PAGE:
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Thought for the Day: There is a King and There are kings and There are Kings

I once had a very distressing conversation with a lady who saw herself as in the Torah true camp, but more enlightened than the orthodox.  Her enlightenment came from having read English renditions of Kabbalistic writings.  Her thesis resolved around having very deeply and profoundly misunderstood the meaning of the Chazal: אין מלך בלא עם/there is no king without a nation.  Her conclusion was that god needed us; that is, she saw HaShem's מלכות as integral to His Beingness, therefore her conception of god needed a nation in order to have existence itself.  The eternality of he (her concept of god) was intrinsically bound with our own existence.

After some time of trying to disabuse her of the notion that HaShem's existence could have any dependency at all on another, the best I got was an admission from her that I was a worthy opponent.  I frankly didn't feel worthy at all; only a bit soiled from having let myself get drawn into that conversation at all.  I have since matured and don't enter such conversations at all.  Usually.  Hardly and all.  And I catch myself earlier. Sometimes.  sigh....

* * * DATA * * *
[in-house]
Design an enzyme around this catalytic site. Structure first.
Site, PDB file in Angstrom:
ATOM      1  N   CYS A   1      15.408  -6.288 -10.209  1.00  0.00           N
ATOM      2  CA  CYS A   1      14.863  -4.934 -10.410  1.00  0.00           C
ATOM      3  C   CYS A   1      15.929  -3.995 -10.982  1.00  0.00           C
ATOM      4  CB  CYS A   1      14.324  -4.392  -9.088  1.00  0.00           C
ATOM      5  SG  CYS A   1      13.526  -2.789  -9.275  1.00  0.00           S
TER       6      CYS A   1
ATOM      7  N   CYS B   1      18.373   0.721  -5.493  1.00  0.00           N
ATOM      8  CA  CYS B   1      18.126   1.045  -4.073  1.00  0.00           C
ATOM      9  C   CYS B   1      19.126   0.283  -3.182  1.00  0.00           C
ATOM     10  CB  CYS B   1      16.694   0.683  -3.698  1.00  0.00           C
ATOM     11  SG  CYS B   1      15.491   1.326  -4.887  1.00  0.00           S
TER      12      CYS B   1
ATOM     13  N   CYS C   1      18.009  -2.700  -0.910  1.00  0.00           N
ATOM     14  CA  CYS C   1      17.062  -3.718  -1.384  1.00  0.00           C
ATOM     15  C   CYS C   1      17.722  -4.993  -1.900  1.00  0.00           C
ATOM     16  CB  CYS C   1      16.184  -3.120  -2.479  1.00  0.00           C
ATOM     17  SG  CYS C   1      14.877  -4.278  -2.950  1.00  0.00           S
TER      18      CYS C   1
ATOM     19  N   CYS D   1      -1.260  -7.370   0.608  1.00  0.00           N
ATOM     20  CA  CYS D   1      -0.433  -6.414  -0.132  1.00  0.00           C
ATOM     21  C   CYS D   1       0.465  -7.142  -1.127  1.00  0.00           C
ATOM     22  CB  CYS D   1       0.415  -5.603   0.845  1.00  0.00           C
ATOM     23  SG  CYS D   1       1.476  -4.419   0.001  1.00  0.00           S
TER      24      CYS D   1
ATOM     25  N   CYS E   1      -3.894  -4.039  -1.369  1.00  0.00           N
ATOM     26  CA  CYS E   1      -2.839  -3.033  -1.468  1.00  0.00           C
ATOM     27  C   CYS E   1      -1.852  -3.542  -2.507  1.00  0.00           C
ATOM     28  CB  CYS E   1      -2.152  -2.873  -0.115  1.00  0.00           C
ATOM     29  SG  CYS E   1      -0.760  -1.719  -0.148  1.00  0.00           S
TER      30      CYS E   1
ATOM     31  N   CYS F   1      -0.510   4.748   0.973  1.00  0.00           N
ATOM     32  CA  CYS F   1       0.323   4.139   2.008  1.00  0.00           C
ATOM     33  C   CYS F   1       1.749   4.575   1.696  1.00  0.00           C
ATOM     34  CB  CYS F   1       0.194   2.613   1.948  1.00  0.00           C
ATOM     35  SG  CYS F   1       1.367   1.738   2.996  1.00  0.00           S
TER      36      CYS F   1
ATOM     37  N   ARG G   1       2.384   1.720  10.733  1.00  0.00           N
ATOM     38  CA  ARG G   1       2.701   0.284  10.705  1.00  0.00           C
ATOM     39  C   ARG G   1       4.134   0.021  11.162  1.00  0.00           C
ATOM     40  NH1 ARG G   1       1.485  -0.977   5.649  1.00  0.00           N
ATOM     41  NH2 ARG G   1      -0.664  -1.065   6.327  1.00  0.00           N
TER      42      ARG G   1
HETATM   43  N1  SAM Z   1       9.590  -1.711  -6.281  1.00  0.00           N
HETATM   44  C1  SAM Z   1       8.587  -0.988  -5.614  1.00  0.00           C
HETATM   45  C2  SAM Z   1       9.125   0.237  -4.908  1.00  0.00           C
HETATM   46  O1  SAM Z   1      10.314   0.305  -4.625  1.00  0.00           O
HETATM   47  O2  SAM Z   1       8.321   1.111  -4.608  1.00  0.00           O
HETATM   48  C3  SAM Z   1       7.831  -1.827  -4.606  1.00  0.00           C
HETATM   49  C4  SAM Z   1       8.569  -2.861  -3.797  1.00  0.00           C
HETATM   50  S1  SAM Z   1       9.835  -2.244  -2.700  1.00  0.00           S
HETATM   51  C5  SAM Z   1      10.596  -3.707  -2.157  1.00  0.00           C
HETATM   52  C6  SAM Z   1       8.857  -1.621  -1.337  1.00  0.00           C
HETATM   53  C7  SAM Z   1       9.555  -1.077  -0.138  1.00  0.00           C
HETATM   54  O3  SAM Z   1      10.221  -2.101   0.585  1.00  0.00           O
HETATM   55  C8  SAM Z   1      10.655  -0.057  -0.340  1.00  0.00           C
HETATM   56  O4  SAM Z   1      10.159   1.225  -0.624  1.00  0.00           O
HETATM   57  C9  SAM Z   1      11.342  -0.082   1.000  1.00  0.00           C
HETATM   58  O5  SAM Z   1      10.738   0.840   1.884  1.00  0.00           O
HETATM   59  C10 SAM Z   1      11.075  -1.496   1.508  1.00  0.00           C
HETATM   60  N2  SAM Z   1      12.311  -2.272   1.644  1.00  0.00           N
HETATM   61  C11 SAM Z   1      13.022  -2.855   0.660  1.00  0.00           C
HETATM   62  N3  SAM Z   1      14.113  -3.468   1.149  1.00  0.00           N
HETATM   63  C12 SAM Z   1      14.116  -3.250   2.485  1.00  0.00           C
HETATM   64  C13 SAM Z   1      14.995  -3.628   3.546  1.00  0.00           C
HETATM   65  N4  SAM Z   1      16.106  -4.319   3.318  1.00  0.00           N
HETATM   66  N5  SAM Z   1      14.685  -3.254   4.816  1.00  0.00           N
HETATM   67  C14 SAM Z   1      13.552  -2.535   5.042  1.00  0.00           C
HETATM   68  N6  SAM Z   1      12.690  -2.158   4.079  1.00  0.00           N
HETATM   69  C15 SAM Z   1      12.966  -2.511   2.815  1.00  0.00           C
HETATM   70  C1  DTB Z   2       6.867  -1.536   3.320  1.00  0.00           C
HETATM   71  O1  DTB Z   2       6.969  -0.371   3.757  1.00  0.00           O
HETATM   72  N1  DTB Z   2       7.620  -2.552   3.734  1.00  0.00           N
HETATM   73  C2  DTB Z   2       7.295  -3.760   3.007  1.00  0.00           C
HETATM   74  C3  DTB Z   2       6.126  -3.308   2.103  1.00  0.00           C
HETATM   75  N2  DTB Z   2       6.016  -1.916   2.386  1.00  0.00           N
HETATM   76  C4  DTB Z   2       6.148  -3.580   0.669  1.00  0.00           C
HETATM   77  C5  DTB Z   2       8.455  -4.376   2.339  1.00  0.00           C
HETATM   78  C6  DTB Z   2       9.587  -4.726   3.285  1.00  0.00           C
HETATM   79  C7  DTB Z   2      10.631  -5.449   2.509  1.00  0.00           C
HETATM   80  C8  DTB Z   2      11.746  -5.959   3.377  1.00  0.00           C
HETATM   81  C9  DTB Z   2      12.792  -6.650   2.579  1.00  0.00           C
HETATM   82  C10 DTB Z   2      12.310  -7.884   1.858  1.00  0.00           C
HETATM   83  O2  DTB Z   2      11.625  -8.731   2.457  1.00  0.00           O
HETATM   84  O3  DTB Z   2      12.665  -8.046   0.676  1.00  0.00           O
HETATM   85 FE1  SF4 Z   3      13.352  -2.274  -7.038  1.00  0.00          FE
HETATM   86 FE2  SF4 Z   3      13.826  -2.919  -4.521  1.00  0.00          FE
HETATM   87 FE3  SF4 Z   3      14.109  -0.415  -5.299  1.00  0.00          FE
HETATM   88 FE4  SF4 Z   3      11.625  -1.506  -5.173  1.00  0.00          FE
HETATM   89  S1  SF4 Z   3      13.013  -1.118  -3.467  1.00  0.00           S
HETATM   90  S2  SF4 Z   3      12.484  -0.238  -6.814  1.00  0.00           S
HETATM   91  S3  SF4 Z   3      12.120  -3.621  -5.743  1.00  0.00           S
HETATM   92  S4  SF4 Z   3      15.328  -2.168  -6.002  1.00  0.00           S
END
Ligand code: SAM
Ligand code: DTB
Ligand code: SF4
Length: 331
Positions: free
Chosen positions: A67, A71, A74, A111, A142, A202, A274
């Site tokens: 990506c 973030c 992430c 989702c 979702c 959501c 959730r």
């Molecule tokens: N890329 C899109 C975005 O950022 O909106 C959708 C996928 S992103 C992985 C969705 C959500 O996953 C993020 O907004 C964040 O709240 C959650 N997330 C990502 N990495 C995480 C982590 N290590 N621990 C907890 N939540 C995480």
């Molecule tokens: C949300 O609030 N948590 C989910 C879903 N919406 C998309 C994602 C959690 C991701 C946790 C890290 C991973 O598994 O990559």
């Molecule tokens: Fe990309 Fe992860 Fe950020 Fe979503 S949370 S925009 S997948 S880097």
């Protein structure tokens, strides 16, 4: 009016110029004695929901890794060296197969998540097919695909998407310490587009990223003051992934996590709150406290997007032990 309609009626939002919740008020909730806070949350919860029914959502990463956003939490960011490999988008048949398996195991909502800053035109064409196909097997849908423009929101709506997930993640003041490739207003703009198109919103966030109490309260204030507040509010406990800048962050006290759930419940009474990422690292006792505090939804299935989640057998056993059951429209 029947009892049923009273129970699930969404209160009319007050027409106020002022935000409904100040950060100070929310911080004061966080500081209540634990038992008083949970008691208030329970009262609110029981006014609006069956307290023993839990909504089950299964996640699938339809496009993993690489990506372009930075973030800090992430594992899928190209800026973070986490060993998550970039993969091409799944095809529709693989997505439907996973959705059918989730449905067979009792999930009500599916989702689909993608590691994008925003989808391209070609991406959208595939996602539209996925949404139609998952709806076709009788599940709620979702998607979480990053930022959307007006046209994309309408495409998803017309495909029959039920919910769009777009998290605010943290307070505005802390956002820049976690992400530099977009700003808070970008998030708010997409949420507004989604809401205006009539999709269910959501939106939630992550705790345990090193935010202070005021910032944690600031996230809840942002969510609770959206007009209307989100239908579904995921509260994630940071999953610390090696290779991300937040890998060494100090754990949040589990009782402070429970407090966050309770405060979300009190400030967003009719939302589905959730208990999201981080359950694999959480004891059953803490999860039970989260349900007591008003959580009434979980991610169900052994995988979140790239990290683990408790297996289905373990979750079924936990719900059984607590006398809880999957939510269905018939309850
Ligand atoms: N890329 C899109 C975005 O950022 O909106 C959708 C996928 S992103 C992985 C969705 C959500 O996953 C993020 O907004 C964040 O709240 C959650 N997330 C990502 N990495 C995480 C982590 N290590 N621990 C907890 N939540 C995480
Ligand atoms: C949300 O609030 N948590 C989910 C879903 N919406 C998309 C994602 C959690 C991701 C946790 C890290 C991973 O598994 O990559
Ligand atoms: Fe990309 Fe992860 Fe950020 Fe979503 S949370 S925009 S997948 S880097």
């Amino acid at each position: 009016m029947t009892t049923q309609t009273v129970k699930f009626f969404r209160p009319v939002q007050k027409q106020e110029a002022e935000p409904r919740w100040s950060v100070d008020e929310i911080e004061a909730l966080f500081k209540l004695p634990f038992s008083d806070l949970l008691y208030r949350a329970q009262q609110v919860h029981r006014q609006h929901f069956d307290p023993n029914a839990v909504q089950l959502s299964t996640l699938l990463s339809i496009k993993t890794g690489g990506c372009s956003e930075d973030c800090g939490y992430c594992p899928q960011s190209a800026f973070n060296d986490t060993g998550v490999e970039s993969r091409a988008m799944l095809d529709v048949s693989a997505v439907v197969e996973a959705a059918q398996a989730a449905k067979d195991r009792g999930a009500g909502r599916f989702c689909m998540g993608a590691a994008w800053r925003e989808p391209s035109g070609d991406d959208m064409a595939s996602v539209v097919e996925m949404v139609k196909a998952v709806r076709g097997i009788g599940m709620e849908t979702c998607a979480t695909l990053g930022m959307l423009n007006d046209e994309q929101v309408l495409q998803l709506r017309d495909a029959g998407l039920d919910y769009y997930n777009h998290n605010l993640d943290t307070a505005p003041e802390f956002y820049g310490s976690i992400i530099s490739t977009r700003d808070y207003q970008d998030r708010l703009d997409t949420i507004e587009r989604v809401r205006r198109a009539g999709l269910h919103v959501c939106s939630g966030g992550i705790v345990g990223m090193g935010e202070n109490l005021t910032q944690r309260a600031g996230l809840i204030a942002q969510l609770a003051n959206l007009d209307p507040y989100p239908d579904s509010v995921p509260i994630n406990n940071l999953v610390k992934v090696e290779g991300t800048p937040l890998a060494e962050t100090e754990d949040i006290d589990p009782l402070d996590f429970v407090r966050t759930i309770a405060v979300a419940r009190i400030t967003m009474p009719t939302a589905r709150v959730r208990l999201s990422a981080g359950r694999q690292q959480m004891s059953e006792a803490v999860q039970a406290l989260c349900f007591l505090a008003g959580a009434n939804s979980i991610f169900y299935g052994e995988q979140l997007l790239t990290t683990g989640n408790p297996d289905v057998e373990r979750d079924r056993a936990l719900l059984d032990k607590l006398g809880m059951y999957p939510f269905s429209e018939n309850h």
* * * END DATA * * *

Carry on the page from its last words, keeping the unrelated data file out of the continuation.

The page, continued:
But... what does אין מלך בלא עם mean?  We do, after all, address HaShem as מלך and we make huge deal of proclaiming his מלכות on Rosh HaShanah.  So the standard line is that the dimension of revelation that is called מלכות does depend on have a nation that acknowledges and accepts Him as מלך.  That's where I was coming from in my ill-fated conversation above.  Problem is... a very popular "hymm" -- אֲדוֹן עוֹלָם.  What's the problem?  Instead of singing the first line, try reading it:
אֲדוֹן עוֹלָם אֲשֶׁר מָלַךְ בְּטֶרֶם כָּל יְצִיר נִבְרָא

Lord of the universe who reigned even when nothing had been created.
Whoops.  How in the world does that jive with  אין מלך בלא עם; regardless of how you understand the word/concept of מלכות?!

The Telshe Rosh in Shiurei Da'as explains: there are two kinds of מלכות.  There is the sort that is covered by אין מלך בלא עם.  That kind of king, in fact, is a slave to his nation.  He is only a king as long as they proclaim him king.  He must monitor his behaviors to ensure that his nation remains dedicated to him.

Then there is the King.  His מלכות means that he is completely in control.  He never reacts, He only acts.  There is, of course, only the one King: אֲדוֹן עוֹלָם אֲשֶׁר מָלַךְ בְּטֶרֶם כָּל יְצִיר נִבְרָא.

However, there is one more sort of king: עבד מלך מלך/the slave of the king is a king.  In other words, when one is wholly identified with and acts only on behalf of his king, then he is, so to speak, an extension of the king.  But עבד מלך מלך can also apply to an עבד השם.  One who dedicates himself to be identified with and act only for the sake of השם -- the ultimate (and only) King -- becomes a King himself.

That is the deeper meaning of the Chazal (Avos 6:2): The only one who is truly free is the one who is completely dedicated to Torah, mitzvos, and avodas HaShem.


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